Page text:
This non-profit foundation’s vision is “to improve the quality of life for children and adults with severe physical disabilities, and their families, through recreation, communication and education.”

Keith, who was born with cerebral palsy and has never been able to walk, talk, or even use his hands efficiently, will be given the opportunity through this new technology to use a computer to communicate with his family and friends. 

EagleEyes is an innovative eye-controlled technology developed by Professor James Gips at Boston College. It helps individuals with profound physical disabilities to interact and learn by using a computer. 

“I happened upon this rather unknown technology while doing an Internet search to find something out there that could help Keith to interact more with the world around him,” said Linda Marak, family support co-ordinator at Community Living of Kincardine and District. 

“I filled in an on-line application for an EagleEyes system on behalf of Keith and heard back from the foundation that same day! It was very exciting. It is our hope now that Keith’s life will be enhanced through self-directed recreational opportunities such as eye-controlled video games, but even more so by learning to use this technology to communicate clearly his thoughts and wishes.”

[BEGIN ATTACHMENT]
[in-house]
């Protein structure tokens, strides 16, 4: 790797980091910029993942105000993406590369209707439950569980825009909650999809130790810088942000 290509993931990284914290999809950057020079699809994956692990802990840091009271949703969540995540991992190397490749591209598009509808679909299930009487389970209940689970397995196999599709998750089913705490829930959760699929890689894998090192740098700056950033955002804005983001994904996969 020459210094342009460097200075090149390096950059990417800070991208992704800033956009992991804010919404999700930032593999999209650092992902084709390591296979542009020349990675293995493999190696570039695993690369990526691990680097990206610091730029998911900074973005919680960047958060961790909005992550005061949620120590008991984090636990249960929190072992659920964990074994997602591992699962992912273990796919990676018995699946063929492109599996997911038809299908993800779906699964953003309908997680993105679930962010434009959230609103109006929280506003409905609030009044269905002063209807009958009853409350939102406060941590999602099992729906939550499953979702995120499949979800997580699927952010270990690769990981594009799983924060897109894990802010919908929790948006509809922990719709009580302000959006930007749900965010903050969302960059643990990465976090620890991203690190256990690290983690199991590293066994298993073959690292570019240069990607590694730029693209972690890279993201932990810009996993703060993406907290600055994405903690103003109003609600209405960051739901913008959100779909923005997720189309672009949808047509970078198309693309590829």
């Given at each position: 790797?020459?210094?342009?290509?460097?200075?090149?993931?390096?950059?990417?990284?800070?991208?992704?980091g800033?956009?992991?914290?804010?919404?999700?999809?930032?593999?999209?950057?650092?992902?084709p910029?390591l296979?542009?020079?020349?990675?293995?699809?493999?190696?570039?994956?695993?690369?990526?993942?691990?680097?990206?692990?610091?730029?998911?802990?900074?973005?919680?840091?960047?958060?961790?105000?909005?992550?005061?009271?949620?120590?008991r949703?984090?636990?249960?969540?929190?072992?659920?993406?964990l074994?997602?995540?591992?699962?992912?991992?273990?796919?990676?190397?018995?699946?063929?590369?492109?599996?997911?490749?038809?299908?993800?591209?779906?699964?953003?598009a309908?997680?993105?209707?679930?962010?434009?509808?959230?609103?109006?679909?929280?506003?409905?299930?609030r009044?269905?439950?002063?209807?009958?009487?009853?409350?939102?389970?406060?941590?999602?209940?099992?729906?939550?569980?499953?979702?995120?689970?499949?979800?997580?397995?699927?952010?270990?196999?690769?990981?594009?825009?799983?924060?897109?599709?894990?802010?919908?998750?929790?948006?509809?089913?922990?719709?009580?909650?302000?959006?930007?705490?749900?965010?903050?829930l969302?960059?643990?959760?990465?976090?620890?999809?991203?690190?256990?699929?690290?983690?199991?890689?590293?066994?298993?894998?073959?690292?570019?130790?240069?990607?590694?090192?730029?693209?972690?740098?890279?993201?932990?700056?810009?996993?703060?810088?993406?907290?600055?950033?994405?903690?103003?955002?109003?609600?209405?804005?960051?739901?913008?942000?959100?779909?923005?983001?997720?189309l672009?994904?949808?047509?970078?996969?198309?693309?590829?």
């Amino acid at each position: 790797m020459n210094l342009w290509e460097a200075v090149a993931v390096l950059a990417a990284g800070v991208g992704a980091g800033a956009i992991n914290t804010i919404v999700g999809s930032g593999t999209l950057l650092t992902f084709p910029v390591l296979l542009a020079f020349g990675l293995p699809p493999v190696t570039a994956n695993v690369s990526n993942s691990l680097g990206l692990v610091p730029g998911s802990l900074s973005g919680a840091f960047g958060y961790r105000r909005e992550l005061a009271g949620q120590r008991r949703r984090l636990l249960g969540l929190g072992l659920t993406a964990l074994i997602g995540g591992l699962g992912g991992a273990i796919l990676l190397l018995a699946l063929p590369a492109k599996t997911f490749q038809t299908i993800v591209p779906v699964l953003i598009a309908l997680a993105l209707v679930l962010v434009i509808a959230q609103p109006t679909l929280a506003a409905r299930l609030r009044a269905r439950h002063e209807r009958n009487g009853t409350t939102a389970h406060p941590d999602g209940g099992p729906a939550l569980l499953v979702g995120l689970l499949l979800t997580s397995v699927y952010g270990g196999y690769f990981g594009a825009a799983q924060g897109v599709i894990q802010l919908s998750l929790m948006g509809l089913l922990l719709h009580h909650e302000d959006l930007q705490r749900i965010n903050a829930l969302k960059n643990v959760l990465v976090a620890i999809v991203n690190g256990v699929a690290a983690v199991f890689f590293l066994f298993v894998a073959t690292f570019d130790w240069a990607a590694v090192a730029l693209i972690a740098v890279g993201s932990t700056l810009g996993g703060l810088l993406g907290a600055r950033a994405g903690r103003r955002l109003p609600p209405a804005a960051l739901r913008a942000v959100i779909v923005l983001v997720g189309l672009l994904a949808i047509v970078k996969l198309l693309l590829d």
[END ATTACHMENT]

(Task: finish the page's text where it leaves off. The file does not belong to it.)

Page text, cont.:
An EagleEyes trainer will be arriving in early December from Salt Lake City, Utah, to train Keith, his family and workers to use this new technology. 

Appreciation goes to Meridian Credit Union for donating the funds to cover the two-day training fee as well as the airfare, meals and accommodation for the trainer to come to Kincardine, and to MTC Computers for donating a laptop computer for Keith to use with his EagleEyes system. 

Read the original story here.

High School Blog

Posted by Debbie Inkley on November 23, 2012

Olympus Highschool has a Caring in the Community class and has recently started volunteering with EagleEyes at Hartvigsen school for the disabled located in Salt Lake City, Utah. One of the students has written a blog post about their experience. Read her blog post here.

Tyler's Story

Posted by Debbie Inkley on October 2, 2012

Tyler_2.JPGRead this inspirational story of how a Mother had given up on eye gaze devices until EagleEyes worked in 2 minutes for her son after months of other devices having no success.

Find a window when a door closes

Posted by Debbie Inkley on August 20, 2012

Read about how Brooke found EagleEyes and her success. Read below or click here for the original blog post.

EagleEyes on KUTV News

Posted by Debbie Inkley on August 3, 2012

Watch an interview with Debbie Inkley, Executive Director of The Opportunity Foundation of America on KUTV news in Utah.

Kate Loves EagleEyes

Posted by Debbie Inkley on April 16, 2012

Kate.jpgWe are thrilled about the EagleEyes technology we were recently able to get for our sweet little daughter Kate.  Kate was born with undiagnosed brain damage that started some time in the womb.  After many consultations with doctors after her birth, the doctors have been unable to determine what caused the injury but feel that it may possibly be a rare genetic disorder.  Because of the injury to her brain, Kate currently has multiple disabilities.  She is unable to walk or use her hands, arms, or legs for function, and is confined to a wheelchair.  She is also unable to communicate verbally, although her vision has improved since birth.  Kate is a happy three year old girl, but has challenges that keep her from enjoying activities that her siblings and other children enjoy.